The yr’s largest recent lease can be the scariest to some market analysts. While KPMG’s commitment to 450,000 square feet at Two Manhattan West is great news for Brookfield Properties, it’s a distinct story for Rudin Management’s 345 Park Ave. and 560 Lexington Ave., and for SL Green’s 1350 Sixth Ave. — three Midtown towers where KPMG will leave behind a complete of 800,000 square feet when it moves out next yr.
Pundits quoted elsewhere predicted gloomy times ahead for the Manhattan market where several other firms are also drastically cutting their floor space. HSBC Bank, for instance, is chopping its footprint here by half when it moves to Tishman Speyer’s Spiral next yr.
Reflecting a modest countervailing trend, law firm Freshfields Bruckhaus Deringer US signed for 180,000 square feet at Silverstein Property’s 3 World Trade Center — an expansion from its current 110,000 square feet at BXP’s 601 Lexington Ave.
But although KPMG is giving up extra space than Freshfields is adding, the moves have something in common that bodes well for Manhattan’s future despite space givebacks driven partly by work-from-home.
Many top dealmakers argue that the larger issue than how much space is being absorbed or abandoned is the type of space that’s increasingly in demand.
Meaning recent space, in fact — and the newer, the higher. It’s excellent news for developers and for the development industry, and for town’s tax base which has already been hurt by the decline in industrial values.
Freshfields Bruckhaus Deringer US signed for 180,000 square feet at Silverstein Property’s 3 World Trade Center.World Trade Center
Two Manhattan West and Three World Trade belong to the marquee league of towers that handily outclass towers that opened as recently as 20 years ago. Their success in luring top-tier tenants echoes the situation at Related’s Hudson Yards, Silverstein’s and the Durst Organization’s other World Trade Center Buildings, Tishman Speyer’s Spiral, SL Green’s One Vanderbilt and L&L Holding Company’s 425 Park Avenue.
All managed to fill most or all of their expensive floors. Robust early leasing at Olayan Group’s 550 Madison Ave. and Brookfield’s 660, each of which were so completely redesigned as to make them effectively recent, suggests they’re on their method to full occupancy as well.
CBRE tristate CEO Mary Ann Tighe, who was a part of Silverstein’s leasing team at Three World Trade and is the chief leasing agent for 550 Madison, argued that the market is far too large and sophisticated to leap to facile generalizations.
“The fact of the situation is that it isn’t one solution matches all. It’s so nuanced and particular to each company,” she said.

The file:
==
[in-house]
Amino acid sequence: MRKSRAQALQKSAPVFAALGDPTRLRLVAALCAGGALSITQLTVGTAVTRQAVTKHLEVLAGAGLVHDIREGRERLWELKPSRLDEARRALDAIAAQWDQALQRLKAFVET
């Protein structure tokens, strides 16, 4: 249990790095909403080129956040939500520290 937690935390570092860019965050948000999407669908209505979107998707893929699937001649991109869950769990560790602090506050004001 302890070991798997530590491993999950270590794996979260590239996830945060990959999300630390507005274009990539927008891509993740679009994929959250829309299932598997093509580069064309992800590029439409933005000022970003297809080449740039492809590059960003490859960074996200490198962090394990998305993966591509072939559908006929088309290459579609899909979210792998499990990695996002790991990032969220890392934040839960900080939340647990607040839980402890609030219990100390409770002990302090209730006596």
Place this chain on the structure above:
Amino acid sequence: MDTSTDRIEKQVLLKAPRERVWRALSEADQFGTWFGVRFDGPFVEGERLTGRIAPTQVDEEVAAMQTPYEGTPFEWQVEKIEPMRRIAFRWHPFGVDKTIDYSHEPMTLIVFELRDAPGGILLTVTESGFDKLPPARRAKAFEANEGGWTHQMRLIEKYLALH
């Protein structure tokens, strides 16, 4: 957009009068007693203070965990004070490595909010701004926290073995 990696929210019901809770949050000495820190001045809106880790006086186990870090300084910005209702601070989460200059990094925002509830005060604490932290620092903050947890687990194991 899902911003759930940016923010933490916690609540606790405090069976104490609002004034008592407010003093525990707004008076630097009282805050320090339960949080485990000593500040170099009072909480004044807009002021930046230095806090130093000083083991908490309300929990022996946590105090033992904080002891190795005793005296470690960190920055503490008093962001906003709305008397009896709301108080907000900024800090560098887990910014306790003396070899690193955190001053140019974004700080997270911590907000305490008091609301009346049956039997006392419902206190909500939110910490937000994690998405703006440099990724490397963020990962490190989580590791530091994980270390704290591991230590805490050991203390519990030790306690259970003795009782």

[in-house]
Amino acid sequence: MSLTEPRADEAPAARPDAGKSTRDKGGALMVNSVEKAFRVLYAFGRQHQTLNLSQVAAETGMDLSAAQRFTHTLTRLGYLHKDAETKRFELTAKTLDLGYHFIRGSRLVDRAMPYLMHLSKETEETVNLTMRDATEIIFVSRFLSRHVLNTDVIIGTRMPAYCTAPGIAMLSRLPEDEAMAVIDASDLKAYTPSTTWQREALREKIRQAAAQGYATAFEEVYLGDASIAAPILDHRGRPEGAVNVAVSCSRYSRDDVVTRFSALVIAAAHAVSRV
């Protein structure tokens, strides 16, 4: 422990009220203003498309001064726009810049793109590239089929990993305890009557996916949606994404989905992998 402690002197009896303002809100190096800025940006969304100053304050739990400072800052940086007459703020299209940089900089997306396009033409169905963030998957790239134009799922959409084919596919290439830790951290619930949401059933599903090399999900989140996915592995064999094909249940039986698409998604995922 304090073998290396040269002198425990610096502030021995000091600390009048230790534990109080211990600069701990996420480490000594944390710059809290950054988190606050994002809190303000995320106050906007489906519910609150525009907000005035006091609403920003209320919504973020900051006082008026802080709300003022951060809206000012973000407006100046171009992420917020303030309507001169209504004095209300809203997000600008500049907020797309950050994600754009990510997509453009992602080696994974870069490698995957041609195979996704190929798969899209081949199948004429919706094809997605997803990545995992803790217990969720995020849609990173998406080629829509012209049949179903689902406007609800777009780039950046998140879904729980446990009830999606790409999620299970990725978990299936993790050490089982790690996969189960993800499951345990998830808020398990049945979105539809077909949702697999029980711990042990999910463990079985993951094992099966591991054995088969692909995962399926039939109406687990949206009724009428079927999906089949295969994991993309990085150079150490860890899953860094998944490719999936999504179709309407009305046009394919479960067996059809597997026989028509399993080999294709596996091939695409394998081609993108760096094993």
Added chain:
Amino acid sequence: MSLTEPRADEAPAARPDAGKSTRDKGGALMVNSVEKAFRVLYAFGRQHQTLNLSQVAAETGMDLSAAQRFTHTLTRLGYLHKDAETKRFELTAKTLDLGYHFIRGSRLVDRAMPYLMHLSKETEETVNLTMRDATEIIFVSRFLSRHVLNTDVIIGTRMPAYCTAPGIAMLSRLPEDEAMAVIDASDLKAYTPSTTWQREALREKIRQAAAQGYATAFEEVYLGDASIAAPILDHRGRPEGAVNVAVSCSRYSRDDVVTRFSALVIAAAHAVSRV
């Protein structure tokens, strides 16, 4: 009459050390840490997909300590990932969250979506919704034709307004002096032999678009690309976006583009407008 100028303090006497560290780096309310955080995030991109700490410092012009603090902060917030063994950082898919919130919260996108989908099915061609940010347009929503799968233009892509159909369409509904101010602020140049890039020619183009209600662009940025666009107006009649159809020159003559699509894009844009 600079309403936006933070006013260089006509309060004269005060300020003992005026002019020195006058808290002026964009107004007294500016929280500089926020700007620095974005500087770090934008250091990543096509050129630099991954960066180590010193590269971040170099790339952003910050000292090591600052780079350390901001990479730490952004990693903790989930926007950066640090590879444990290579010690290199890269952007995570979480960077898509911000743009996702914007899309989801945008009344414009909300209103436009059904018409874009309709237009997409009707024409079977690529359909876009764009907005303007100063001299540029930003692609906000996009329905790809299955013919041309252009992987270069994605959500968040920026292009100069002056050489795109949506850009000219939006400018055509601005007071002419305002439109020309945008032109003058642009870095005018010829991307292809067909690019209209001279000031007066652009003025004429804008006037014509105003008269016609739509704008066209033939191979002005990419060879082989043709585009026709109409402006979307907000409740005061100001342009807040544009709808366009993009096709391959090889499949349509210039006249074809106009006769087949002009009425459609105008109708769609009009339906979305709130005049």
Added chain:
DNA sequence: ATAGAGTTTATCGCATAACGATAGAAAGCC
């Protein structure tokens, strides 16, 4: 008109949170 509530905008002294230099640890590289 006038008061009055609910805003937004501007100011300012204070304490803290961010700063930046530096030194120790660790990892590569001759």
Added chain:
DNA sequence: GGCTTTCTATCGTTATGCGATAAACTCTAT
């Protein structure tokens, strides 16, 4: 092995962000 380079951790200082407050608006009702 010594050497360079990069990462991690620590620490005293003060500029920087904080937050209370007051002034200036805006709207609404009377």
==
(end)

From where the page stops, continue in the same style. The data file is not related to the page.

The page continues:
“The one thing that emerges from all [the recent lease signings] is that recent buildings and older ones that were gut-renovated fit the profile” of where tenants need to go, whether or not they’re growing or shrinking.
Tighe made the excellence between “twenty first century buildings” which might already be 23 years old by the point recent leases take effect and “those in-built the last decade.”
JLL tristate president and chairman Peter Riguardi, who wasn’t involved in either transaction, said that downsizing firms are “doing it strategically to be in higher buildings. They’re more attractive to talent and more conducive to bringing people back to offices.”
Using less space lets firms enjoy some great benefits of recent construction — corresponding to higher floor plates, more advanced electronic and mechanical infrastructure and in-building amenities — “without increasing their average yearly occupancy cost.”
KPMG communications director W. Scott Horne said of his firm’s move, “Our real estate strategy is centered on creating offices that embody our culture, attracting and retaining the perfect talent and redefining the workplace experience.”
Horne said, “We short-listed buildings that met these criteria, and Two Manhattan West emerged the unanimous selection.”
But what about obsolescent, older buildings that may only be improved to a certain extent?
Not to reduce the challenges their owners face, but they’re more easily converted to residential uses than modern ones are. And in any event, work-from-home won’t be as everlasting and universal because it now seems.
As The Post first reported, JP Morgan Chase CEO Jamie Dimon is quietly but forcefully cracking down on distant work. He has a recent headquarters skyscraper going up at 270 Park Avenue — and he doesn’t intend to make use of it for Zoom meetings.